“No, don’t say anything – my mind is made up, there is nothing further to discuss. I have decided that our brother Bhima should be crowned king. It is fitting – it was he who led us all along, he who won the war for us, he who destroyed our enemies, and kshatriya dharma says the kingdom belongs to the victorious warrior.

“Hastinapura today is a dangerously weakened kingdom. With Bhima on the throne and with Arjuna supporting him, no one will dare take advantage of this weakness…”

I was compelled to interrupt. “I don’t agree. Kshatriyas do not fight for themselves but for their king – and right from our days as children in the forest, there has been no doubt in our minds that you are our king. We fought this war to uphold your right to the throne.”

Yudhishtira made as if to speak. I held up my hand. “No, let me finish. From the time we were children, we have been brought up to perform different functions. Arjuna and I were brought up to wage war; Nakula and Sahadeva are masters in the arts of administration; and you alone among us have been trained to rule. You speak of dharma – but how does dharma permit you to abandon this kingdom and its people at the time of greatest distress? I agree we are weak – but you have Arjuna and me to look after our security. We need you to heal the wounds of war, to bring prosperity back to this kingdom.”

“My child, did I not tell you at the outset that my mind was made up? You more than anyone else know I do not make up my mind lightly – I have thought of all of this, I have agonized over what my dharma demands of me. Know this — to be effective a king has to focus on one thing alone, and that is the welfare of his subjects. If he is tormented, distracted by doubt as I am now, he can never make a good king.”

He paced around the room, agitated, while we looked at each other in silence, unsure what we could do, what we could say.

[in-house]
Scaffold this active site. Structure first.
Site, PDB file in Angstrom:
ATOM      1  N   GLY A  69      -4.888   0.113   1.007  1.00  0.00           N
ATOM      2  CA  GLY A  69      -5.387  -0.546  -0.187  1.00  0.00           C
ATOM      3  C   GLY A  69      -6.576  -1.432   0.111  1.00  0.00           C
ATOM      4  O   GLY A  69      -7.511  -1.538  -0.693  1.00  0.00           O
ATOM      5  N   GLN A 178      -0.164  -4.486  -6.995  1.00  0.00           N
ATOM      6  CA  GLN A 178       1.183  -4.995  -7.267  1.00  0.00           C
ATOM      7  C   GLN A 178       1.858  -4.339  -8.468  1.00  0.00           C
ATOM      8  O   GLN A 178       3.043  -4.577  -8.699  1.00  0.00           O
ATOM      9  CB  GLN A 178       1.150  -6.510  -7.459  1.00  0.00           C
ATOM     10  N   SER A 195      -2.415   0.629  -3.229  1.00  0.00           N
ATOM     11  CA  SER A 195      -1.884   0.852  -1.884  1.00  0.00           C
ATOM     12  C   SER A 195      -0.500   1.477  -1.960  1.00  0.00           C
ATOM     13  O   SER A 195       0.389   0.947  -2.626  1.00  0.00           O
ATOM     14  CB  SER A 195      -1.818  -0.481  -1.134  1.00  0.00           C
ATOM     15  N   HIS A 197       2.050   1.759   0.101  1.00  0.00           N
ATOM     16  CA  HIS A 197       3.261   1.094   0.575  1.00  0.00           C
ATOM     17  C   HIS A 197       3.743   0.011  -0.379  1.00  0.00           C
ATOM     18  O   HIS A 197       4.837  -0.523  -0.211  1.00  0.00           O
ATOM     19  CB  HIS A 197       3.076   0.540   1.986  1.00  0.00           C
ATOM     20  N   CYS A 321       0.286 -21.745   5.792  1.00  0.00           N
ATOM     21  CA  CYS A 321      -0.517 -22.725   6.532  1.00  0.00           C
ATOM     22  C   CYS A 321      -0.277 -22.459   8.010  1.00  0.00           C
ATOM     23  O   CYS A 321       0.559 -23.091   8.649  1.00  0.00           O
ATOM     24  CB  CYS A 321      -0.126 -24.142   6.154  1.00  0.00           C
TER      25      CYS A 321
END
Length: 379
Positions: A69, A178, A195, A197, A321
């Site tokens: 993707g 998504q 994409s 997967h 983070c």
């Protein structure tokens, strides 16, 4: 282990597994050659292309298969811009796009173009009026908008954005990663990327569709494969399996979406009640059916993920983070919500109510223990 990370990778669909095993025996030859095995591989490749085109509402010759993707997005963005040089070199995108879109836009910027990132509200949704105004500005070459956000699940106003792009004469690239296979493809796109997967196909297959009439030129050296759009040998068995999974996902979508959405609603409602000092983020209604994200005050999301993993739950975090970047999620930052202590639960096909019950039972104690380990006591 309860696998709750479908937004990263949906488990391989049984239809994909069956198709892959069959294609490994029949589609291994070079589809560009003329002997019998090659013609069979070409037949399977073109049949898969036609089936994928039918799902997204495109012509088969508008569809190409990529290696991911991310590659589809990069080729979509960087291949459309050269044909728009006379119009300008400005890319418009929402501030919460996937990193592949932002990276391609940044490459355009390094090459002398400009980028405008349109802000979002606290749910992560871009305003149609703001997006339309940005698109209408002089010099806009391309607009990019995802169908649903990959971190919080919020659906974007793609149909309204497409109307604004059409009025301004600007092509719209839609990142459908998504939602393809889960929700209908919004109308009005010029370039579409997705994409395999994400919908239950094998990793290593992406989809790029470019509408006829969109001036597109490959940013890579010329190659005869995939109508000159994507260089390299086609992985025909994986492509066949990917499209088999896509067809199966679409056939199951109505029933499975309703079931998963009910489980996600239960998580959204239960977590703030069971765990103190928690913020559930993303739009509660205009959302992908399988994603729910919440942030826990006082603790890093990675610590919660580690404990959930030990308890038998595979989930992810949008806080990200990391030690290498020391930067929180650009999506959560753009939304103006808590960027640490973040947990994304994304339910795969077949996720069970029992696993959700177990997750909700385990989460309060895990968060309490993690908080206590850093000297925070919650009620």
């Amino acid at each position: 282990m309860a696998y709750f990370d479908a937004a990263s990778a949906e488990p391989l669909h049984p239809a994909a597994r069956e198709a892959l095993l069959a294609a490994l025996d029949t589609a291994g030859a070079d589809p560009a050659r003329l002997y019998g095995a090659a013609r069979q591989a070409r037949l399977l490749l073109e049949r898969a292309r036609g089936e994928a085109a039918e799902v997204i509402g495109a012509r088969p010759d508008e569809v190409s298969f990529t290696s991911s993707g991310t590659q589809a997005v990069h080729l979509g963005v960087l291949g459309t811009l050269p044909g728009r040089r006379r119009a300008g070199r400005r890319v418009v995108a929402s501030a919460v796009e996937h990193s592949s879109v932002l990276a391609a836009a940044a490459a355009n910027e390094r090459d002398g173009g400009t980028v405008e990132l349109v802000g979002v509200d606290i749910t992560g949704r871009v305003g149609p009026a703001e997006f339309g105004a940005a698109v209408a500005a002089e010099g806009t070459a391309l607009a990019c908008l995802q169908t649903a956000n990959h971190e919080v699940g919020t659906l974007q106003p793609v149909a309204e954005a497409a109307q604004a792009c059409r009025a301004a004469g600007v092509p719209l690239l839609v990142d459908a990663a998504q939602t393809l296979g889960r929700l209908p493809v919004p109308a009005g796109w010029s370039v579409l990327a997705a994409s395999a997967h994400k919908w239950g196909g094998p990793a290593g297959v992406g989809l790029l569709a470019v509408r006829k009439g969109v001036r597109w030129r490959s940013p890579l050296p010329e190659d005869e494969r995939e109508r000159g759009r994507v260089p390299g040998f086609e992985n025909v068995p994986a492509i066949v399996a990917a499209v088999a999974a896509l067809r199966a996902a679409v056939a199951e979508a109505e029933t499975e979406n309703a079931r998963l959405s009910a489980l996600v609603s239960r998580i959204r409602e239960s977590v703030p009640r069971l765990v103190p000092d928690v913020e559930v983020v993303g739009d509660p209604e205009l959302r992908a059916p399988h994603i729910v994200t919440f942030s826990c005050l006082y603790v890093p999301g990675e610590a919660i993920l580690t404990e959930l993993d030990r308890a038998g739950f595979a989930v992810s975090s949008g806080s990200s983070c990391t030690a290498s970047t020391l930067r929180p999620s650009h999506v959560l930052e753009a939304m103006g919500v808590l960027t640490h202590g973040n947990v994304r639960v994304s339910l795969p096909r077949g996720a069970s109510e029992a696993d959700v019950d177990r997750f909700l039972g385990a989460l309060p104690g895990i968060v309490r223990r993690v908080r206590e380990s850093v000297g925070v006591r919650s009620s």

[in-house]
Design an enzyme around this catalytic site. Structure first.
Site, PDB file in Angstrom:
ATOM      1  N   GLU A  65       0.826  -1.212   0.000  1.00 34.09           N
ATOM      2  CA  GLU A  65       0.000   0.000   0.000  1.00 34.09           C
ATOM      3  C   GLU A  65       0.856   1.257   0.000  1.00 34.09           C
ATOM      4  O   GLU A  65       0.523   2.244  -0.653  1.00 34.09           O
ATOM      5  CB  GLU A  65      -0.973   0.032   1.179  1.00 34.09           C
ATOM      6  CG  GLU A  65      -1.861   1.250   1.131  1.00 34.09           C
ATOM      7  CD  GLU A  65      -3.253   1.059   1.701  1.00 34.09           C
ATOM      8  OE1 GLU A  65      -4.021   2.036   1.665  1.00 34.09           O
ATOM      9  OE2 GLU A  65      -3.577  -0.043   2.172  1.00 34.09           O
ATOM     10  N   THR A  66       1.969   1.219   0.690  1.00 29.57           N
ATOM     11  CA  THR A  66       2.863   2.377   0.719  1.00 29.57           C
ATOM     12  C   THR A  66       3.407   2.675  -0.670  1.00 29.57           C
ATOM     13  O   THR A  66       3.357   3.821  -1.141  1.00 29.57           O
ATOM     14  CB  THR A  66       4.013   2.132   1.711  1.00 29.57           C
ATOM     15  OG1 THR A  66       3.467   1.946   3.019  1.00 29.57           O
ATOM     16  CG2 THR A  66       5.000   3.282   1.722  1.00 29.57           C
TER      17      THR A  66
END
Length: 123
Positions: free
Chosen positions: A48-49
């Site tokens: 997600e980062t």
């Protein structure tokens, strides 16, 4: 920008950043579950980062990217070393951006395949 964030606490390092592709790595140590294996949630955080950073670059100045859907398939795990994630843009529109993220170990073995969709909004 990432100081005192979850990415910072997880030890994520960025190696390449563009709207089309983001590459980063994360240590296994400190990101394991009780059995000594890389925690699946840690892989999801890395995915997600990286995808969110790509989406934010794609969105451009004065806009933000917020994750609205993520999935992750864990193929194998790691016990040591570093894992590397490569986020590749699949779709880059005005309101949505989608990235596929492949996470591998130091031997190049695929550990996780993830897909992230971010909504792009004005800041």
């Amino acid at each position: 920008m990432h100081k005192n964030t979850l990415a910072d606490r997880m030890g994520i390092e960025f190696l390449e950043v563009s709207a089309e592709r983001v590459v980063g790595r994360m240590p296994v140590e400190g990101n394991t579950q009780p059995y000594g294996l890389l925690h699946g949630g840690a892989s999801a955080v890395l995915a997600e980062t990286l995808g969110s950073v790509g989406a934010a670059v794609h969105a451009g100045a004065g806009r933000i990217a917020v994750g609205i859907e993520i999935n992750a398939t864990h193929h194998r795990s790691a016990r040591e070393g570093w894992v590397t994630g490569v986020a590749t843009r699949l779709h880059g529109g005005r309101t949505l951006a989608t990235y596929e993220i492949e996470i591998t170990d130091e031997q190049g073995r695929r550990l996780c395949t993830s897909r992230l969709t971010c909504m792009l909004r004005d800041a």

Abruptly, he stopped before me. “I know this has been sudden, that you need time to think. I will leave you now so you can discuss this with our brothers. When your mind is made up, come to me. I have to speak to our uncle Vidura, make sure he understands my decision and gets everything ready for your coronation.”

Yudhishtira turned and strode out of the room. Arjuna was the first to break the silence.

“He is right, brother – we need a strong king now and there is none stronger, more feared than you. You have no reason to worry – not when you have Nakula and Sahadeva to help you in the task of running the kingdom, and me beside you to make sure Hastinapura is strong again …”

“In any case,” Sahadeva cut in, “our brother said his mind is made up, that his decision is final – so what is the point of discussion? He believes you are the best person to rule, and I agree — Hastinapura needs a king and if it is not Yudhishtira, then who better than you?”

I looked across at Nakula, who as usual sat silent, listening to everyone but not venturing any opinion of his own. “And you – what do you think?”

Nakula smiled. “Where is the need for me to say anything? Did you think I would have a different opinion from Arjuna and Sahadeva? Anyway, it is not as if such things haven’t happened before — didn’t uncle Dhritarashtra step down in favor of our father? And when our father thought he was unable to govern, didn’t he give the crown back to Dhritarashtra and retire to the forest?”

“Listen, brother,” Arjuna said, “there is nothing left to discuss. Our minds are made up. You need time to absorb this, so we’ll leave you alone now.”

He came up to me and bent low to touch my feet. Nakula and Sahadeva followed. I hugged all three – an embrace that contained a world of doubt, of questions, and a surge of gratitude for their unquestioning support.

I sat in the empty assembly hall, listening to the sounds of their departing footsteps and gazing at the raised platform in front of me. In the center stood the throne of Hastinapura, flanked by the two giant tusks bound in gold and crusted with precious stones. To its left was the smaller, but equally grand, throne for the queen.

My eyes fixed on the much smaller seat to the right of the throne – a seat set on a lower level of the dais, one without arms and the glittering paraphernalia of royalty.

That was my seat – the one I would, after the coronation, have occupied as Yudhishtira’s heir. Now Arjuna would sit there, to my right, and I…

I walked over to the dais and climbed up to the throne. I looked all around to make sure I was truly alone, and then I sat on the throne of my ancestors – gingerly at first, and then more firmly, with a growing feeling of belonging.